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The U.S. Postal Inspection Service served a warrant on Sweeney's house - located about a half-mile from the post office and a few miles from the Wells Fargo - on March 4, 2019, seizing the typewriter used to send the postcards.

According to a U.S. postal investigator, portraits of Adolph Hitler and two live rattlesnakes were also found inside his house.

In an interview with law enforcement, Sweeney admitted sending the postcards "as a form of retaliation."

"The Defendant said he felt the victims had embarrassed him and it made him feel better to send the postcards knowing the content would upset them," officials wrote in court documents.

Sweeney told police he sent the racist messages and accusations of pedophilia because he wanted to get his victims in trouble or hurt their reputations. 

"He stated he was very careful in sending the postcards and admitted to only purchasing small quantities at a time and paying cash for them, wiping his fingerprints off of them, mailing them from various locations around the city and using the Carson Wells or Carson Welles aliases," an investigator wrote.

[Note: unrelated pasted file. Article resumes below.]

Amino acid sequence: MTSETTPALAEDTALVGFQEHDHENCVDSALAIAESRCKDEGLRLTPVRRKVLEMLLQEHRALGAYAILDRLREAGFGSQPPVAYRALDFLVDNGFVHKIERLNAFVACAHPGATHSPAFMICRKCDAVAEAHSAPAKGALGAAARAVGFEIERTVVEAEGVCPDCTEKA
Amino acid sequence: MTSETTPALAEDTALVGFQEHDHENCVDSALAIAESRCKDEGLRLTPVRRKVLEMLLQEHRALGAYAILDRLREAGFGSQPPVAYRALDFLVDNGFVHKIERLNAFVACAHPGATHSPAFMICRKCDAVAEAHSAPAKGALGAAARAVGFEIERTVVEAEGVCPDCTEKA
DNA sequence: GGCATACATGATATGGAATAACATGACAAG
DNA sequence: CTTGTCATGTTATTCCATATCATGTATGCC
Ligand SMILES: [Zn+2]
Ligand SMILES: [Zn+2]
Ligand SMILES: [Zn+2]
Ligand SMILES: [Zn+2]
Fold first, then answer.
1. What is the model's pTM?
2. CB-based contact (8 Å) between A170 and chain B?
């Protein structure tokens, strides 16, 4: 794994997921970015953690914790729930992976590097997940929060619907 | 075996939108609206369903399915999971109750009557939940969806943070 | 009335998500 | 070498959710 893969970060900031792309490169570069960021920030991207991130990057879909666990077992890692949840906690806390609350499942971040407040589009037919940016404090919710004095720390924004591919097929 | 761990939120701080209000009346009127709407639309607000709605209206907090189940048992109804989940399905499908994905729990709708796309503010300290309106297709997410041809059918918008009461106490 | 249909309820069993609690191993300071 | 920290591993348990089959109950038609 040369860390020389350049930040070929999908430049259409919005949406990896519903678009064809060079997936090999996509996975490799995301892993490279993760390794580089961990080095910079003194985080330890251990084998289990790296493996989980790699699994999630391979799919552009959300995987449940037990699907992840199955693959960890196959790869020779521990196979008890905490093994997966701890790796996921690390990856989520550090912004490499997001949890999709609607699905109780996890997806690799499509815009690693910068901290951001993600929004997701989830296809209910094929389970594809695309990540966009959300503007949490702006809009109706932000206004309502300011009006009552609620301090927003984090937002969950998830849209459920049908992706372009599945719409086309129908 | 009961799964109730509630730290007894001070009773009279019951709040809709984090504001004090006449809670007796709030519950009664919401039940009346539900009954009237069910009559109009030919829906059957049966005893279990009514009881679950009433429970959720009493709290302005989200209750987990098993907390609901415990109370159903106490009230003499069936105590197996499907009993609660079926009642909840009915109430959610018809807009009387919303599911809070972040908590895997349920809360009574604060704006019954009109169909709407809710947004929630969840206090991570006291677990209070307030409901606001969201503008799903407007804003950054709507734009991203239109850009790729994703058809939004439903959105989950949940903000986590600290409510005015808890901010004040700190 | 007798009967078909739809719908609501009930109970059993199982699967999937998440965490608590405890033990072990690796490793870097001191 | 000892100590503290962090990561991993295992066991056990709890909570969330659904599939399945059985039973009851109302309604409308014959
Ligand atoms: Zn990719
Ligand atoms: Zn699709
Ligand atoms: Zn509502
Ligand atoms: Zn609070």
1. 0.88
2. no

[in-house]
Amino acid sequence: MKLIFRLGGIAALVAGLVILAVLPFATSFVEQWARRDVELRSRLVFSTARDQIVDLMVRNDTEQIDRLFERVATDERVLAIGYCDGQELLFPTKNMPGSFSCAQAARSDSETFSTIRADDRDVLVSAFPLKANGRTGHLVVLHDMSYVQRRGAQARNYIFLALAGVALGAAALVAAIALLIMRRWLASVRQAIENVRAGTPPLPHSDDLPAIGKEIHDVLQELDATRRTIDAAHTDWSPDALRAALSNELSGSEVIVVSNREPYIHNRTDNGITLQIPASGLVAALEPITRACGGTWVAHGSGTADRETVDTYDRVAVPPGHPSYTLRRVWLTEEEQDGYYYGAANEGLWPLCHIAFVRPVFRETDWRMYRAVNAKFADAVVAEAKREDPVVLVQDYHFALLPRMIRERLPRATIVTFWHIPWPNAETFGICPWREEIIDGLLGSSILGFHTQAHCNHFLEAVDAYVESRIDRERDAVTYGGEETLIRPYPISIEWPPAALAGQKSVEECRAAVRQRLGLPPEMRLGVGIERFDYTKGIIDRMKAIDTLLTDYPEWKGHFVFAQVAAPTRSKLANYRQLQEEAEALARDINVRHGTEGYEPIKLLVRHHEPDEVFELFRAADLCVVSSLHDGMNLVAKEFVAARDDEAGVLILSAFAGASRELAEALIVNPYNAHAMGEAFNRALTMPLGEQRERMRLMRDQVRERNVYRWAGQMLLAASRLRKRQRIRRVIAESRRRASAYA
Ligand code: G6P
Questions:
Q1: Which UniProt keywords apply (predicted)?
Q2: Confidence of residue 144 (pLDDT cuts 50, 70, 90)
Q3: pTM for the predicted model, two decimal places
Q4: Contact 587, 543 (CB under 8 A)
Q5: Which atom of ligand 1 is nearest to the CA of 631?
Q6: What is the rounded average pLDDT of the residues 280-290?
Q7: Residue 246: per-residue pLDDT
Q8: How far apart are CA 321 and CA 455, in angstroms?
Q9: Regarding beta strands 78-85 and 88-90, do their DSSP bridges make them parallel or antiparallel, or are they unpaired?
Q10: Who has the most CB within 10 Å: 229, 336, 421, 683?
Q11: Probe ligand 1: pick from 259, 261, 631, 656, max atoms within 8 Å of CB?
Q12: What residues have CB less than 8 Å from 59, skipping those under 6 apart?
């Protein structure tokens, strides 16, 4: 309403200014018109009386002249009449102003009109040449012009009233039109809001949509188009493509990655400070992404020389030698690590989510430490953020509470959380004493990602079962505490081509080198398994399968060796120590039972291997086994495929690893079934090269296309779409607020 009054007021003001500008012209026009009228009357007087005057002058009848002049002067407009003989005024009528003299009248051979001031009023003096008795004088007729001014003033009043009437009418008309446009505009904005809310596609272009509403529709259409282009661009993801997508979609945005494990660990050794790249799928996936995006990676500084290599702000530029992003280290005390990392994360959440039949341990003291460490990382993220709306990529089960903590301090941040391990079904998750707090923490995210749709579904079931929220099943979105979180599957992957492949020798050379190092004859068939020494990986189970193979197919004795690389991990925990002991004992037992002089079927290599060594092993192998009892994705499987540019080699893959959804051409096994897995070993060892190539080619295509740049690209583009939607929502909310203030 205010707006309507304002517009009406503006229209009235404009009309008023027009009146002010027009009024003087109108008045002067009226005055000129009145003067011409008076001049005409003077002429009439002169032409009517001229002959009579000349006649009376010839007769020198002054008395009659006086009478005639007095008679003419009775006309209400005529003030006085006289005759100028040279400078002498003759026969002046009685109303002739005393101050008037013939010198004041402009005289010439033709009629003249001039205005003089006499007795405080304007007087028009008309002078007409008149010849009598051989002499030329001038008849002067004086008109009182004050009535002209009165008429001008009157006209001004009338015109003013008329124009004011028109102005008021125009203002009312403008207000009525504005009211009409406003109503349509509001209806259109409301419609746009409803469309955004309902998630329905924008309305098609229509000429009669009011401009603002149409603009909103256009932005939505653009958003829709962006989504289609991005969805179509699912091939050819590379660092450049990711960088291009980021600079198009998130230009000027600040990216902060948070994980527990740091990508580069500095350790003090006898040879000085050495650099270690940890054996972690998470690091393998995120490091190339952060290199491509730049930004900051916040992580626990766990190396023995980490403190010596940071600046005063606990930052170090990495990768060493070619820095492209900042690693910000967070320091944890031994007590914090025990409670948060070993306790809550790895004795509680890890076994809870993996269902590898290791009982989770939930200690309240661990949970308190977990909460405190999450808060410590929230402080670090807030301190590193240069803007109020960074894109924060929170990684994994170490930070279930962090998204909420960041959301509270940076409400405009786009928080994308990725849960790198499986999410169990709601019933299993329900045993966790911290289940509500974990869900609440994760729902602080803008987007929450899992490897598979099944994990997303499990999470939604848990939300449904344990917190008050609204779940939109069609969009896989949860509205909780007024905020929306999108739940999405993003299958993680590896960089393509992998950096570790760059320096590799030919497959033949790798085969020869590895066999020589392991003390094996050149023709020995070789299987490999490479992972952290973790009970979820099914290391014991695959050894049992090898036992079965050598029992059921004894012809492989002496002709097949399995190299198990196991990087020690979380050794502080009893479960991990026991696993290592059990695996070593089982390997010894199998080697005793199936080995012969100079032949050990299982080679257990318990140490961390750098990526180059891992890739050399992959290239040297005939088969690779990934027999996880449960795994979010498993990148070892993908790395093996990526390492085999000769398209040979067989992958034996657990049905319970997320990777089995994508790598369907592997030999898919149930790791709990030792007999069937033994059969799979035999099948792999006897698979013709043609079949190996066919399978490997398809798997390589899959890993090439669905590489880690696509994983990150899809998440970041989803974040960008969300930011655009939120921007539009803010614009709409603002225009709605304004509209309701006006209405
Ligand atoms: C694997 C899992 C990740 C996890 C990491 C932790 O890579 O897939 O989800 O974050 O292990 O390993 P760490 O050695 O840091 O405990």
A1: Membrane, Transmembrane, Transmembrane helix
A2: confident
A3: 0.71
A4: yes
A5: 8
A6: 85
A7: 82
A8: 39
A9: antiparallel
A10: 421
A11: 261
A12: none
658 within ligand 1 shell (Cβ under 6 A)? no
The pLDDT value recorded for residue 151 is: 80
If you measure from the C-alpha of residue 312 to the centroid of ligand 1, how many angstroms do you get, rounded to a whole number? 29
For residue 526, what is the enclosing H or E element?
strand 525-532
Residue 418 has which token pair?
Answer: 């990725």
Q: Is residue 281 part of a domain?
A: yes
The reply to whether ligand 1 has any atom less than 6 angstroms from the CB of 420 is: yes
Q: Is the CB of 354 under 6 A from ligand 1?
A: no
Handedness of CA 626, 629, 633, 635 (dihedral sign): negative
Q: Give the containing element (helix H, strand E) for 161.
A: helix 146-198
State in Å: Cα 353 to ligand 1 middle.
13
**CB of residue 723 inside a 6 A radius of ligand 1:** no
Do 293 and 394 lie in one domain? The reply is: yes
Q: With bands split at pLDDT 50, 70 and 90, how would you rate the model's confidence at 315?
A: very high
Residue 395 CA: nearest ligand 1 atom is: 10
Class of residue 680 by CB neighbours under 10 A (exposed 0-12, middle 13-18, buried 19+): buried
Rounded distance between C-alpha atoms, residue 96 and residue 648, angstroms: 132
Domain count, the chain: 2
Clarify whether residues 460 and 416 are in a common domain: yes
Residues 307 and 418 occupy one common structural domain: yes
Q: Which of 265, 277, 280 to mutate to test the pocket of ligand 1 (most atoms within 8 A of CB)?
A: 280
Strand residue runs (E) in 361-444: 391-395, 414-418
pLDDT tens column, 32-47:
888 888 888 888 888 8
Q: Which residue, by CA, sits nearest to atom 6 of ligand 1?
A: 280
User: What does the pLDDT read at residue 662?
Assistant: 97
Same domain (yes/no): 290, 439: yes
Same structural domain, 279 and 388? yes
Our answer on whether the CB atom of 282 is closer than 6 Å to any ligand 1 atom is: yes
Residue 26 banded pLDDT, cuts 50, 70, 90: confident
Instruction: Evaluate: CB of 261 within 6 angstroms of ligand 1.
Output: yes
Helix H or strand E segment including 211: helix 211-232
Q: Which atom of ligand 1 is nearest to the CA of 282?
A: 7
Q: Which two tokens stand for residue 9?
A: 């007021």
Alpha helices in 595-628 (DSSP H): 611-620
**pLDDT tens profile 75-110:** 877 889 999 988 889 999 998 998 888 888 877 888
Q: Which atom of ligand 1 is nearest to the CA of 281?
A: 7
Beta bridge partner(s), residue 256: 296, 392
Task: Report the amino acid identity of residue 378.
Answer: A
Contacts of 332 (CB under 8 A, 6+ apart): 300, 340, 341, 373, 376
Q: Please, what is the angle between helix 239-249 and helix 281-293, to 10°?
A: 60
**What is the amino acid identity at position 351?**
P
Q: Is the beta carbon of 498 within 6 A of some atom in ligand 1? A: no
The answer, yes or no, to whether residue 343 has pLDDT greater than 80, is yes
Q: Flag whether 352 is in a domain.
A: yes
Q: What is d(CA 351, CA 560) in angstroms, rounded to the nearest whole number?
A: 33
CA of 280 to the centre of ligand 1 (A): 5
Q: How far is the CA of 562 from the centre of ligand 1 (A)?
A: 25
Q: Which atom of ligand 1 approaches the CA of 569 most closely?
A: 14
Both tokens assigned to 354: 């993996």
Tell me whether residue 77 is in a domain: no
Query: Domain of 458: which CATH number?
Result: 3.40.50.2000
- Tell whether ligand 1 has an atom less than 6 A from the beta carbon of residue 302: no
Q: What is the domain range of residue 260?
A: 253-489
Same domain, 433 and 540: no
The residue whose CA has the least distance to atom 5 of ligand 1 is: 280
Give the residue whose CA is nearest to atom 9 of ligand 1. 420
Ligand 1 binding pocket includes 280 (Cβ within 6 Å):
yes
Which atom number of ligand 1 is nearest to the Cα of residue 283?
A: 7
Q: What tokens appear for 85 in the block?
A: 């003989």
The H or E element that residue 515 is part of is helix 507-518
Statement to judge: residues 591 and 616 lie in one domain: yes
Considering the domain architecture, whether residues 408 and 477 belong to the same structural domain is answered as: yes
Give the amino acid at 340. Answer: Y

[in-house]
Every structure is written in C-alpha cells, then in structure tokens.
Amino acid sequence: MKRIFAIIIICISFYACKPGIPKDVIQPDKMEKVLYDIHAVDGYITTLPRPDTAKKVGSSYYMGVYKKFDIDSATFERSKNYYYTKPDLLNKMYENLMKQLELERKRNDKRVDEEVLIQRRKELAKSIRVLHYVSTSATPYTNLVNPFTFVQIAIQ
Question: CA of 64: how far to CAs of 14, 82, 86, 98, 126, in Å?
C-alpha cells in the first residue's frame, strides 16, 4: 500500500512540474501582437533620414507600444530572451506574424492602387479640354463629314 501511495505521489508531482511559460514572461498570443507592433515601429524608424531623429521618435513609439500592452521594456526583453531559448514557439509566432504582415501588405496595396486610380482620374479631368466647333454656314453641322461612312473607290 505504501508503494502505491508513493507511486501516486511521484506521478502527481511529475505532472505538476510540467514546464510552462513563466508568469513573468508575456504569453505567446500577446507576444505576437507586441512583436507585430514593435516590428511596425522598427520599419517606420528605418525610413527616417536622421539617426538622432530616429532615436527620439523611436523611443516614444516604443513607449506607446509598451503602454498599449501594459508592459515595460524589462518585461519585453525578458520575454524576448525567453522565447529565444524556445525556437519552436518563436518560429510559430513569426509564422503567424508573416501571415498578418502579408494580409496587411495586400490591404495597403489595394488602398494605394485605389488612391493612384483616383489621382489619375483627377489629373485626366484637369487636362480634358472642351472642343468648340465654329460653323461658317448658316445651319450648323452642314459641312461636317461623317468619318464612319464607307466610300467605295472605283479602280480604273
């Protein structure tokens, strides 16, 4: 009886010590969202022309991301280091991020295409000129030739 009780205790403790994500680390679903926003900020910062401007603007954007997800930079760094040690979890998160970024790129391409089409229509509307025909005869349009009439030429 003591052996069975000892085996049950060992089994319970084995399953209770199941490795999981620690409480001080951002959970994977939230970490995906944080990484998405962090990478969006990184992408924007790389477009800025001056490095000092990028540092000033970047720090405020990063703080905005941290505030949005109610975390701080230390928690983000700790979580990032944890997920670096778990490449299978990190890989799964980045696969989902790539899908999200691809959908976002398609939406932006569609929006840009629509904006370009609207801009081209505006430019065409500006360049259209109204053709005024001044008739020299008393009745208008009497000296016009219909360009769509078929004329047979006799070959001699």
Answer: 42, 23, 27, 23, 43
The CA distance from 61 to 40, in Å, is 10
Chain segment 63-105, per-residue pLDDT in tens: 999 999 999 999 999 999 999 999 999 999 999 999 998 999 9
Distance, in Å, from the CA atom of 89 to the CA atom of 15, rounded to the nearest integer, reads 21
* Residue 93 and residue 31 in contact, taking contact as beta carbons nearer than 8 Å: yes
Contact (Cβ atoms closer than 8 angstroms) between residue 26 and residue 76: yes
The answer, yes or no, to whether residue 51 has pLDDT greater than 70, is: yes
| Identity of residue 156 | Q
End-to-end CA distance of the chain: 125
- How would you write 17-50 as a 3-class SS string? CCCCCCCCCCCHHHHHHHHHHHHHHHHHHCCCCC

A life of crime

Investigators quickly realized that the yearslong harassment campaign was not Sweeney's first crime. Court documents list an "extensive criminal history" that includes convictions of mail fraud, robbery, obscenity, forgery, weapons charges, as well as attempted homicide for shooting at a police officer with a Thompson submachine gun in New Jersey the 1960's. 

The New York Times even profiled Sweeney in 1994 after he launched a business designed to "school" people who were about to go to federal prison, touting his own criminal background and long stints behind bars as qualifications. 

"I remember it was Nietzsche who wrote, 'The crime is not in the act but in the stupidity of being caught,'" Sweeney is quoted as telling the New York Times reporter.